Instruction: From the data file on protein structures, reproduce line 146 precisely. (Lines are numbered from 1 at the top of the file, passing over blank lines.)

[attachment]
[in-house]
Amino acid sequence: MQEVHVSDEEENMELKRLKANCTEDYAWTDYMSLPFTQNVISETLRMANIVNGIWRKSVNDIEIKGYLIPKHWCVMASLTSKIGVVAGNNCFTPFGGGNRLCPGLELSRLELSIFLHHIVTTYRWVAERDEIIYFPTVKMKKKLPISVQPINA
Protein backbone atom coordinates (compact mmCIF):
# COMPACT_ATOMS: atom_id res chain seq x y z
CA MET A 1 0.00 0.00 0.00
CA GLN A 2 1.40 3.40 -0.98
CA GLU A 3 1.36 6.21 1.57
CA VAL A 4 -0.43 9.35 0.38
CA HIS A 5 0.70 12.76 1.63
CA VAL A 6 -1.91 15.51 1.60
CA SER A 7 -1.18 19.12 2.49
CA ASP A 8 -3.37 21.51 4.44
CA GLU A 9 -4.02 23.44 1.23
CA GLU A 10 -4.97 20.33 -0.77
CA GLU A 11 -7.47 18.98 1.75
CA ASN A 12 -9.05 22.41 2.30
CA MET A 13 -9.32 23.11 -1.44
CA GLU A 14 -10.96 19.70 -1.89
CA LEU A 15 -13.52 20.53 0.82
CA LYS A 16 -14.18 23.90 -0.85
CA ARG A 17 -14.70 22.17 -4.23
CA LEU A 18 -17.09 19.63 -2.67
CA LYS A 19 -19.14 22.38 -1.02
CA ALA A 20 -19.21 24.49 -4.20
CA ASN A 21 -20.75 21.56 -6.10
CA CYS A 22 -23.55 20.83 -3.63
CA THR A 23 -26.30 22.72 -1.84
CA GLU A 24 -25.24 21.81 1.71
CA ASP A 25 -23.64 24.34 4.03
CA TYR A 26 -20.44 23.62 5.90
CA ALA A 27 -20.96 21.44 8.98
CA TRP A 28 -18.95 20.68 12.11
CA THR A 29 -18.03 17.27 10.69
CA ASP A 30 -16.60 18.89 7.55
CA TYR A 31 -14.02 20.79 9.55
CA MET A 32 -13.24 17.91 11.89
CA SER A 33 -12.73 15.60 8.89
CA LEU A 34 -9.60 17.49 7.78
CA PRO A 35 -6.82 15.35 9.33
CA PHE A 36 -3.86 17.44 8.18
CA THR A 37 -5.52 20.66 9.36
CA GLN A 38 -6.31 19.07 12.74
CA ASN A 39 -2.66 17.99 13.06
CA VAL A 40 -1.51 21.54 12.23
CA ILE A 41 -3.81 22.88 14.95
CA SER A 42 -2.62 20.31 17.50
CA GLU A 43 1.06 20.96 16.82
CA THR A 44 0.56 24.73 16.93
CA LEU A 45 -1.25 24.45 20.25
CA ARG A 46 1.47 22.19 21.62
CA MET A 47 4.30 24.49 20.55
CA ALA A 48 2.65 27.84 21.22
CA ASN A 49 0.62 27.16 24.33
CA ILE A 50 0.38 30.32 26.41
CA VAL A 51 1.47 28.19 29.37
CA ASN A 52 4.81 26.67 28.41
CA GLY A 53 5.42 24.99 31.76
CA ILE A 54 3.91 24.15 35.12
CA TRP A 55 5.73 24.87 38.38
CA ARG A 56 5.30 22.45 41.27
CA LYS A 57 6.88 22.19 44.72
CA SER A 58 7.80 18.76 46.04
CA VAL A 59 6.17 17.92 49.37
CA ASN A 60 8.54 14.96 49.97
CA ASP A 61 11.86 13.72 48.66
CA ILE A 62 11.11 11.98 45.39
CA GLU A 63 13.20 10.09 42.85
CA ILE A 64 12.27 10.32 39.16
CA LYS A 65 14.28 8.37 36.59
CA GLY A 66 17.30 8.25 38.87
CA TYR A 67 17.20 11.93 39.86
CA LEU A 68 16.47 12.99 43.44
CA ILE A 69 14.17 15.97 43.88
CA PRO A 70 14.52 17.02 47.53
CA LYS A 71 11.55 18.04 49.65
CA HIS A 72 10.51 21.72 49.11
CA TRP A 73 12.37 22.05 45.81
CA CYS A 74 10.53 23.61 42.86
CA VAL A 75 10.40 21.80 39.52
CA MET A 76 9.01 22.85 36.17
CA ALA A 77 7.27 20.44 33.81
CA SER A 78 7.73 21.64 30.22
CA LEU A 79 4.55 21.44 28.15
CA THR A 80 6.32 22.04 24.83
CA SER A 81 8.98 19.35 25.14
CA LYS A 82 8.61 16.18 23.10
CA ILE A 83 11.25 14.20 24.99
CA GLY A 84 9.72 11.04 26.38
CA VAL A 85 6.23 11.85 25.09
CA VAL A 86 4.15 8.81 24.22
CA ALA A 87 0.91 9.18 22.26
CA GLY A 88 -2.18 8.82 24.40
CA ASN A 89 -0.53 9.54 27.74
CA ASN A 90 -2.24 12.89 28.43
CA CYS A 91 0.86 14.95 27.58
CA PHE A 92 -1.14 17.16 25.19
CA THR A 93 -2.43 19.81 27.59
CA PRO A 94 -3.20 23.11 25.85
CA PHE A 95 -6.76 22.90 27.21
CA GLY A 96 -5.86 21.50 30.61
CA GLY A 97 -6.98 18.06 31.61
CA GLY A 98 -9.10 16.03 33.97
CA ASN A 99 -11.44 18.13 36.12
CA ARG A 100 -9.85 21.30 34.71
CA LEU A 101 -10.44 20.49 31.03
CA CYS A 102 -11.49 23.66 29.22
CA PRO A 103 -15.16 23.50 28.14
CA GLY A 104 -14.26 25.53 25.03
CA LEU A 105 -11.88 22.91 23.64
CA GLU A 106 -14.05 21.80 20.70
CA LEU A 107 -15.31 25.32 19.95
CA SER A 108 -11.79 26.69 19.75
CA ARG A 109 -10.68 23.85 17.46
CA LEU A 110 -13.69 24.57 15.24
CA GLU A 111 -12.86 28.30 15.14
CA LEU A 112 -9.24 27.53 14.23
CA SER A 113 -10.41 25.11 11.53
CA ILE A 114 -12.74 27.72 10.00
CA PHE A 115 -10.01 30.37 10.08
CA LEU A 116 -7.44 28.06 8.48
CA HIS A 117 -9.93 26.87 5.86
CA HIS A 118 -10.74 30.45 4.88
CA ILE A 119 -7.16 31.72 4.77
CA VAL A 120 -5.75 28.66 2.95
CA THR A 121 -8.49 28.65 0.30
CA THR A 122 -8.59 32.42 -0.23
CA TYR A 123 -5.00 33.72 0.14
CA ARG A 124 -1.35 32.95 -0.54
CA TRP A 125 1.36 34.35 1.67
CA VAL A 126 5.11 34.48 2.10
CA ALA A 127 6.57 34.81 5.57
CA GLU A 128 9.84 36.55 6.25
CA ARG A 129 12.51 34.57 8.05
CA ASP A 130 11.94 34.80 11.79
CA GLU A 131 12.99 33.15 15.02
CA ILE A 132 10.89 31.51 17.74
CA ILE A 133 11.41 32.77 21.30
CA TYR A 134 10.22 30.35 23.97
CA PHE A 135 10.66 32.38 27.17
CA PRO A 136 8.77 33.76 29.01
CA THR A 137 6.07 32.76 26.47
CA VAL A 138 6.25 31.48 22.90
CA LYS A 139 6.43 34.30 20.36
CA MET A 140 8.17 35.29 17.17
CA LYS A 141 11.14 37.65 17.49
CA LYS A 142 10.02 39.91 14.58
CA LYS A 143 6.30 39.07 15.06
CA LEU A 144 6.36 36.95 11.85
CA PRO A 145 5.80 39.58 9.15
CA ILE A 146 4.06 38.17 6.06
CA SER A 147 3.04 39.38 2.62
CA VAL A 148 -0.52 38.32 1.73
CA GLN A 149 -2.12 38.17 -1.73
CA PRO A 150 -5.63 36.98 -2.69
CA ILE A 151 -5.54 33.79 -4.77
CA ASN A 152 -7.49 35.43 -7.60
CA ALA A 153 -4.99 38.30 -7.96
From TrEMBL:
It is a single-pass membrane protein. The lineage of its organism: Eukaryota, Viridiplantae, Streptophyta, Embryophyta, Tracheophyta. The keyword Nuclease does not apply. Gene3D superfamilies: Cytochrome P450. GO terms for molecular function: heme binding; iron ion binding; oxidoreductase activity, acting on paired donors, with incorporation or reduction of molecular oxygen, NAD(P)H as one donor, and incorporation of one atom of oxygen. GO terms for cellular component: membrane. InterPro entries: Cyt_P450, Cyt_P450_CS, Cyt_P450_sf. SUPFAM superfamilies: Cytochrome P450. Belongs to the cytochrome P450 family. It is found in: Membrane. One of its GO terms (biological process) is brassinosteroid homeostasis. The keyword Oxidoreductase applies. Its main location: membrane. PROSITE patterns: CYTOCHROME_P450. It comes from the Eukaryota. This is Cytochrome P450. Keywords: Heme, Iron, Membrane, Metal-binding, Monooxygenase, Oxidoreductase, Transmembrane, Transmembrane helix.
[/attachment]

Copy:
CA LYS A 142 10.02 39.91 14.58